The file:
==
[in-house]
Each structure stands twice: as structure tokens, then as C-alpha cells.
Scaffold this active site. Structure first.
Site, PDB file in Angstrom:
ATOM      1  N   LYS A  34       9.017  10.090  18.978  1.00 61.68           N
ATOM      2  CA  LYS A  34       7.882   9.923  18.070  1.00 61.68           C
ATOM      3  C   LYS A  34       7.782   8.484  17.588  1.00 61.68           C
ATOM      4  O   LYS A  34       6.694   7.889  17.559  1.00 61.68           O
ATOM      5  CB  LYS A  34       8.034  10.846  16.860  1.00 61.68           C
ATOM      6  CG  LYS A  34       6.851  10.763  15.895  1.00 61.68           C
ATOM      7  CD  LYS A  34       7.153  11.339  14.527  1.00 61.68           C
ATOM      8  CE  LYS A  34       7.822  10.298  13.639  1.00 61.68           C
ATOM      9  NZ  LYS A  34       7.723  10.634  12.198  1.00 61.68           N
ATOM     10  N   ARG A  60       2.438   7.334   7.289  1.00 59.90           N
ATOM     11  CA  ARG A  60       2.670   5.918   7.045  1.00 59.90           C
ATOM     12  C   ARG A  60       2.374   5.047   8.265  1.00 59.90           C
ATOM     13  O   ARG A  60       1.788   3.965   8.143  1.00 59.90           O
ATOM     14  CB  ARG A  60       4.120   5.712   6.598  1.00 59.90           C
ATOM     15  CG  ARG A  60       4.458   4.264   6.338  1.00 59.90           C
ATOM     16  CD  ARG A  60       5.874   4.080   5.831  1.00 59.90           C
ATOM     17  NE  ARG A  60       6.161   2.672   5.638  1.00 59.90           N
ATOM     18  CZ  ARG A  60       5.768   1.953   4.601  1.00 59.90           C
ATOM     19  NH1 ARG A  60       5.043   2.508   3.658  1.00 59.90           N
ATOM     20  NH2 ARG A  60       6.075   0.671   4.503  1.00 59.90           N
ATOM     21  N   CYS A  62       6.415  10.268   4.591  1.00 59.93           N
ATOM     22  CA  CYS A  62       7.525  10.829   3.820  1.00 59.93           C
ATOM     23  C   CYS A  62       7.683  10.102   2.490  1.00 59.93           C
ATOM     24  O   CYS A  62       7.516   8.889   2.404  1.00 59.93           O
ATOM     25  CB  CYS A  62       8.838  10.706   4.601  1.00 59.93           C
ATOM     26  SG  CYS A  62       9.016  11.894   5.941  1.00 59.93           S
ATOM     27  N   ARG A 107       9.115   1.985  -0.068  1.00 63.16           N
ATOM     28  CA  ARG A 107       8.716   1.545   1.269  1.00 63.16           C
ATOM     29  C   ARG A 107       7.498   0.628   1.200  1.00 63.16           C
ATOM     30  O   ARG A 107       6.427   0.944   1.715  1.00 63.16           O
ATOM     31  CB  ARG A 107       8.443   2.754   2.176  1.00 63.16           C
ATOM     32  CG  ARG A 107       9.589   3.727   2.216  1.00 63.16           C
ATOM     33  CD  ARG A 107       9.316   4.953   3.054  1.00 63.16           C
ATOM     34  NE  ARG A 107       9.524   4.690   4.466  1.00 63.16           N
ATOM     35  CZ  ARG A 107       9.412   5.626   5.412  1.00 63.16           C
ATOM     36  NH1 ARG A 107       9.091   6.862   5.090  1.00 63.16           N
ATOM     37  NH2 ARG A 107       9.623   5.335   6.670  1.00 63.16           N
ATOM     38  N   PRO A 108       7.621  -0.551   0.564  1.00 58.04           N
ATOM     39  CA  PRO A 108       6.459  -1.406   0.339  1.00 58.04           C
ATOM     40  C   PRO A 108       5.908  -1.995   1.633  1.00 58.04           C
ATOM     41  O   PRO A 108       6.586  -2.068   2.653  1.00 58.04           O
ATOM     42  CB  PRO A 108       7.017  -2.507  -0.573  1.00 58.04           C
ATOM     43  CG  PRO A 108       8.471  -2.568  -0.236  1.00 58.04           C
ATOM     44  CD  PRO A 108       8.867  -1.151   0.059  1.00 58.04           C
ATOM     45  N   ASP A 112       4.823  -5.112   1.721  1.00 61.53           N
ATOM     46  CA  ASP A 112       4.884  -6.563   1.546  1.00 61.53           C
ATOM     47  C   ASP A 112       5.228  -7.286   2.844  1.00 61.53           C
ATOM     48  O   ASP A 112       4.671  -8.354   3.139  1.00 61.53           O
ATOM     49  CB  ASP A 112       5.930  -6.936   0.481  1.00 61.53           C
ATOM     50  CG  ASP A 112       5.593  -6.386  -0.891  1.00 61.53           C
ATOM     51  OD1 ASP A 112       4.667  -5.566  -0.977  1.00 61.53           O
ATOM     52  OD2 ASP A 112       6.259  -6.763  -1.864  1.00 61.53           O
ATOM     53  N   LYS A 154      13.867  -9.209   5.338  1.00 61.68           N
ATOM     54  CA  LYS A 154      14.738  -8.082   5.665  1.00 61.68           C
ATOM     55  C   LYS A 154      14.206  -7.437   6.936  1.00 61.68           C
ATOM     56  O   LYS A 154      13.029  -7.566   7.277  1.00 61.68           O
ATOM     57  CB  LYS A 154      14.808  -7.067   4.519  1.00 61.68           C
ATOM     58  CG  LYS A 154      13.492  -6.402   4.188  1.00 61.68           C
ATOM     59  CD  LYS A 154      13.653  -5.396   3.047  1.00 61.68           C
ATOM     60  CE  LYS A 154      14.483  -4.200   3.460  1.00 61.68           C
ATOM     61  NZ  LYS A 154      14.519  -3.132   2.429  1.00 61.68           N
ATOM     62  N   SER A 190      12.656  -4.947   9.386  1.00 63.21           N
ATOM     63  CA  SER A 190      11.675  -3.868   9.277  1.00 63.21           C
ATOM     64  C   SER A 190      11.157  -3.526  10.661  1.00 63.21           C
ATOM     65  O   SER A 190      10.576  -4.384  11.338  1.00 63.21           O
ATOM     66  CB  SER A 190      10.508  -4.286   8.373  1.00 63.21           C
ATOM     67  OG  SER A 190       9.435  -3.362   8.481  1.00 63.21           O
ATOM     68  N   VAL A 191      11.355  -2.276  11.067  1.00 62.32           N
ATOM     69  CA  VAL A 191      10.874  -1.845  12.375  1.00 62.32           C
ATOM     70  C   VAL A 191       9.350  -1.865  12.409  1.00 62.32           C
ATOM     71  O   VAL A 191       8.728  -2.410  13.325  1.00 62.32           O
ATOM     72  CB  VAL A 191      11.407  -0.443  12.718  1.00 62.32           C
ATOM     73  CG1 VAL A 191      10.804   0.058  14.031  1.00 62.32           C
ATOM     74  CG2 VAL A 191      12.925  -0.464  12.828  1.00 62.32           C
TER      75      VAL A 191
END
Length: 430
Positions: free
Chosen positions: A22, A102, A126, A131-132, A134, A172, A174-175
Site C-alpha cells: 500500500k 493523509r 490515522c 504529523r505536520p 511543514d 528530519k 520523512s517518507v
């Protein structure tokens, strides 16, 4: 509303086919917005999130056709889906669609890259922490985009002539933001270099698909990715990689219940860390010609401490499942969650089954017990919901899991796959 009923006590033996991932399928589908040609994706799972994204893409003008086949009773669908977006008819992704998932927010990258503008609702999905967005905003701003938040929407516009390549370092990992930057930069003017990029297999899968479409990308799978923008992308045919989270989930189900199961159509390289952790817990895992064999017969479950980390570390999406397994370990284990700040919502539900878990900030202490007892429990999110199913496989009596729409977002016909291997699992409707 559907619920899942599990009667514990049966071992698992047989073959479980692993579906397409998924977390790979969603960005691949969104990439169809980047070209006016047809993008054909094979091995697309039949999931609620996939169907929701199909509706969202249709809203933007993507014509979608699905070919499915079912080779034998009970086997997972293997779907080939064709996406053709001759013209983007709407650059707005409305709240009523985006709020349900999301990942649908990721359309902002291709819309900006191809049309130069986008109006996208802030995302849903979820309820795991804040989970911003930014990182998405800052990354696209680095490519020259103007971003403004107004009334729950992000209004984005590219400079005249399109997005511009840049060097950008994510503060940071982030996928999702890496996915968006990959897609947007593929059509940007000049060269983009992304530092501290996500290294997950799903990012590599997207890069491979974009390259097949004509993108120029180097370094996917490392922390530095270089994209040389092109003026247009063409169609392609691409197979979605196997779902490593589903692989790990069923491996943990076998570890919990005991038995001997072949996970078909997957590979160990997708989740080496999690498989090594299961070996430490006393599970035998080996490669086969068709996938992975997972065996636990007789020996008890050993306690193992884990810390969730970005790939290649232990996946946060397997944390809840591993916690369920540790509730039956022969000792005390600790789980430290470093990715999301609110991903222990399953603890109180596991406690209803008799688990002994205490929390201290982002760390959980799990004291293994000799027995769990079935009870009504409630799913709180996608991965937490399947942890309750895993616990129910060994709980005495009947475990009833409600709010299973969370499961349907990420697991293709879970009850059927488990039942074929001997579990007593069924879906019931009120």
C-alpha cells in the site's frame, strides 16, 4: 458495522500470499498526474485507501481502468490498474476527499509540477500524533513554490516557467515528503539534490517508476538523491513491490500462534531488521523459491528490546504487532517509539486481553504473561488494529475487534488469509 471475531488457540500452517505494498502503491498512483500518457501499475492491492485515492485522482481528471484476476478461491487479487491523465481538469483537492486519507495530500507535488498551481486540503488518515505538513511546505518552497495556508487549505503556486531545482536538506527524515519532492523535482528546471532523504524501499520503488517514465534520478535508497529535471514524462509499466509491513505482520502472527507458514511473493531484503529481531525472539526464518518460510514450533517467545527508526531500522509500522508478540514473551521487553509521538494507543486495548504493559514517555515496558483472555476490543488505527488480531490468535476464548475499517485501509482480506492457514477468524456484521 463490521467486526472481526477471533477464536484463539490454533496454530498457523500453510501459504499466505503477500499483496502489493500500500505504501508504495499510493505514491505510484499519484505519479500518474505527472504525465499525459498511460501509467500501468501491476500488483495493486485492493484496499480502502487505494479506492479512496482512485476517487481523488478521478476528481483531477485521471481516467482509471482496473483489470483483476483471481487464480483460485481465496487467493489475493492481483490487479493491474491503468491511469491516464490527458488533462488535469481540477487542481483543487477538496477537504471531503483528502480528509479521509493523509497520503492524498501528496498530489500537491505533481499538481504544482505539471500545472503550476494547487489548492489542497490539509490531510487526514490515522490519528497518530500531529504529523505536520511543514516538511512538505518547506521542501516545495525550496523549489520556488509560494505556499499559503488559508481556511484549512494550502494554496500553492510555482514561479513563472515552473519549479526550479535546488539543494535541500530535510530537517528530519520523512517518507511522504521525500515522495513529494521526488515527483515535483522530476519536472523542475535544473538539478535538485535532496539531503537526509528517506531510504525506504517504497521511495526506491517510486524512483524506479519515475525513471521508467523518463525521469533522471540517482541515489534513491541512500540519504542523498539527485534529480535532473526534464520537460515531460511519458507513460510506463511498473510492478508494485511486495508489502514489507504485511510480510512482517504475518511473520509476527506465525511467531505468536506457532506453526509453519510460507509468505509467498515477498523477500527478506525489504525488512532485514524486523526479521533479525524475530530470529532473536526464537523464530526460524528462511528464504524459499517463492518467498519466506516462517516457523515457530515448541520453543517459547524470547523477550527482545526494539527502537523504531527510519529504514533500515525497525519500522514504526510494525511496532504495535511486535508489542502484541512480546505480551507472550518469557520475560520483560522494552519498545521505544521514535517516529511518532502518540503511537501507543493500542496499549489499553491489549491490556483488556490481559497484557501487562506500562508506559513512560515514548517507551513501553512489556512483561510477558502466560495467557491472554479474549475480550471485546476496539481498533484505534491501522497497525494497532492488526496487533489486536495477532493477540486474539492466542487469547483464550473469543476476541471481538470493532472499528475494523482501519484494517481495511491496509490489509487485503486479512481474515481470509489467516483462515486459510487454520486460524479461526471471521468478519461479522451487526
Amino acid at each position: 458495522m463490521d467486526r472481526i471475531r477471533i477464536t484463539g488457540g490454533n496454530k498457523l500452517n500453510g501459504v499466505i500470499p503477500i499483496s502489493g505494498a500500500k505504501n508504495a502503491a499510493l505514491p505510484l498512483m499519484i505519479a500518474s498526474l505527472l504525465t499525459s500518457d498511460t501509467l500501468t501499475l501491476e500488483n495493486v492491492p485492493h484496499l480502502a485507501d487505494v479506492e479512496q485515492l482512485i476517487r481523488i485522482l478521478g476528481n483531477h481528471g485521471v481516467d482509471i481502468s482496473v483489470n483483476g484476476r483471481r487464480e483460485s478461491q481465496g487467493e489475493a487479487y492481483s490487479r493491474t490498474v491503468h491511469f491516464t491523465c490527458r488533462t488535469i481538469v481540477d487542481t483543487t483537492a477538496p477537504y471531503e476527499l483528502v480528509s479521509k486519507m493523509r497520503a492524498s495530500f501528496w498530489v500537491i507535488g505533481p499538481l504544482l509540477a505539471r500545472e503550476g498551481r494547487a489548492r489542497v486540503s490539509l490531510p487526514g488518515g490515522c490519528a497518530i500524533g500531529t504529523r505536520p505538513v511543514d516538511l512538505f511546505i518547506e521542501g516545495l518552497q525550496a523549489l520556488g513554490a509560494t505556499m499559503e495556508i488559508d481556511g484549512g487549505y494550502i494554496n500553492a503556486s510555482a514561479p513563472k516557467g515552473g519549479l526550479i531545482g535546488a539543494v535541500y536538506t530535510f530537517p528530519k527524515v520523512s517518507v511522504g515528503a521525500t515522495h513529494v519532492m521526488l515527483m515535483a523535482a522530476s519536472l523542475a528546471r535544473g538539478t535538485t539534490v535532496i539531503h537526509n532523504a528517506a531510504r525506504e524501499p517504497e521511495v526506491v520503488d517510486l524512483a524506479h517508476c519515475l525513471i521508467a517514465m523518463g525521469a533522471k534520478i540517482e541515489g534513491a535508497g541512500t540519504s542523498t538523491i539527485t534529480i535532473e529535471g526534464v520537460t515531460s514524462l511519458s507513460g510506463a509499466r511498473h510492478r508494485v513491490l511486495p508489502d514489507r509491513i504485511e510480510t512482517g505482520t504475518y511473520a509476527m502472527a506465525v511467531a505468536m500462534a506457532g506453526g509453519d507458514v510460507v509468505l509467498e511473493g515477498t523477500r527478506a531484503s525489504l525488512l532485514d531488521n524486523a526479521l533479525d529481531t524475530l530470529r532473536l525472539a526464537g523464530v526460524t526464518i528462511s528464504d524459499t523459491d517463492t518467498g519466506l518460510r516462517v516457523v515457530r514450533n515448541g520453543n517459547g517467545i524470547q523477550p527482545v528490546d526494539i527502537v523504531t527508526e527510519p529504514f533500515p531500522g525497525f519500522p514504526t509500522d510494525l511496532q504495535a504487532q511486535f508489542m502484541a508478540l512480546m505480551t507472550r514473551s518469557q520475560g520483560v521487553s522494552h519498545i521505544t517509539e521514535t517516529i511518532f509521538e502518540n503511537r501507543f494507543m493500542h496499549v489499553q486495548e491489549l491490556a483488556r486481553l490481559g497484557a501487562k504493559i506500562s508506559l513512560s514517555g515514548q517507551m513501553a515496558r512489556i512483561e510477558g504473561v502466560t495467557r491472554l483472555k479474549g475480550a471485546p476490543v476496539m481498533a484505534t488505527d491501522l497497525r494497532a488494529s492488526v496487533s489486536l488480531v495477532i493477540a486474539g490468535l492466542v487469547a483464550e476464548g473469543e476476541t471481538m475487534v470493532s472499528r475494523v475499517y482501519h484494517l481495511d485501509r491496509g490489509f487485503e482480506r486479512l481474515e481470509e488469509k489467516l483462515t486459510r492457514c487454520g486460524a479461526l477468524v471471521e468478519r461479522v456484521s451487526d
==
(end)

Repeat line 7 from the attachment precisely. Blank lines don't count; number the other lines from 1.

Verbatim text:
ATOM      3  C   LYS A  34       7.782   8.484  17.588  1.00 61.68           C